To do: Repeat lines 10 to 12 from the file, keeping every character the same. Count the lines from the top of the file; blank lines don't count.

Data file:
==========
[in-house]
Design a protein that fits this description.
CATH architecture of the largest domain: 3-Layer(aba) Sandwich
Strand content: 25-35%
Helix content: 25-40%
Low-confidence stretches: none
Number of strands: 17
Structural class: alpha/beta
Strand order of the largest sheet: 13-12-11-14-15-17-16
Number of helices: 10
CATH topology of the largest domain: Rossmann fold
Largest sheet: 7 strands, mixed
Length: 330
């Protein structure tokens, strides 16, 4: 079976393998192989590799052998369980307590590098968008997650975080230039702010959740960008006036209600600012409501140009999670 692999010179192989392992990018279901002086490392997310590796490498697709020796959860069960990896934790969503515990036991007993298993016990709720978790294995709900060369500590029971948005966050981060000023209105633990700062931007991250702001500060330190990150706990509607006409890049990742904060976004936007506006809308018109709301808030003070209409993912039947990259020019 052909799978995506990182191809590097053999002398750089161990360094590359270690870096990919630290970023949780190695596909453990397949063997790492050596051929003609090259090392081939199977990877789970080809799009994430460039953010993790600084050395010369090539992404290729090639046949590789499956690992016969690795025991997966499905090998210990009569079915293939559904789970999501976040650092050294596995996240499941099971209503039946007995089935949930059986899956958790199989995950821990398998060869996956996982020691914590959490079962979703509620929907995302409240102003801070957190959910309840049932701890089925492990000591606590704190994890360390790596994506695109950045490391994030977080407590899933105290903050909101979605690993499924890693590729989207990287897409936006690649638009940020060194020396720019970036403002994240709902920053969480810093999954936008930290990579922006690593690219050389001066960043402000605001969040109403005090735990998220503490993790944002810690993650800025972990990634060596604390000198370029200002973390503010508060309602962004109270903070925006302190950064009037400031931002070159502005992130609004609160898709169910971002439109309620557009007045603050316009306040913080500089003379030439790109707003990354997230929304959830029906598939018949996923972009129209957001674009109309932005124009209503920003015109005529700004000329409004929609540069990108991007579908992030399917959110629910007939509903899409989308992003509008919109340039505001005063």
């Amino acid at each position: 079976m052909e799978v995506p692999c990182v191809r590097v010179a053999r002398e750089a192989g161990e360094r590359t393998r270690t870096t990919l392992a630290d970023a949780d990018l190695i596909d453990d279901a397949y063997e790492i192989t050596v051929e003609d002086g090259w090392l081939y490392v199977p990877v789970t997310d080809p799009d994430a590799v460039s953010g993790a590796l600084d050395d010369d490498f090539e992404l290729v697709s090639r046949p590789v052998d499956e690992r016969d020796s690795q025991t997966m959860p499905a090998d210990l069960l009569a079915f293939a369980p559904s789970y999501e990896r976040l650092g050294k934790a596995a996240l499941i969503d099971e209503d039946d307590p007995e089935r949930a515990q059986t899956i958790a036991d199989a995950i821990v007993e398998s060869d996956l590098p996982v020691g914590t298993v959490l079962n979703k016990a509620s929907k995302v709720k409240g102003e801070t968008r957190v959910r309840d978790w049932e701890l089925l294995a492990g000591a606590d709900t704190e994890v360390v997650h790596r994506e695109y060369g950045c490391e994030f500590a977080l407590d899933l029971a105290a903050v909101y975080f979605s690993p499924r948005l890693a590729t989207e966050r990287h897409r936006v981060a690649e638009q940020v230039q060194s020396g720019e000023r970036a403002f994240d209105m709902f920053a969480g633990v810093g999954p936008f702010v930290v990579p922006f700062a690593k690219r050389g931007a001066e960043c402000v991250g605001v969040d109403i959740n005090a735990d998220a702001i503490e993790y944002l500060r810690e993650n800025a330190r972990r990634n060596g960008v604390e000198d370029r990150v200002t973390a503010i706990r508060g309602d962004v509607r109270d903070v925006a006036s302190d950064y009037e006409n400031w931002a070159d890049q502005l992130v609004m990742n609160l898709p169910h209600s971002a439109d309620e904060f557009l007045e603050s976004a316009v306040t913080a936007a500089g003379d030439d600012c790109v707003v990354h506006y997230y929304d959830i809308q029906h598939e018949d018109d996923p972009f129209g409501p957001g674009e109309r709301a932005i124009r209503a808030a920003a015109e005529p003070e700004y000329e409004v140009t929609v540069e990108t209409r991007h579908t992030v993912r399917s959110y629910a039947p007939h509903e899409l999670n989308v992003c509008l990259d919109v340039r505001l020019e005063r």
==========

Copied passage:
Number of helices: 10
CATH topology of the largest domain: Rossmann fold
Largest sheet: 7 strands, mixed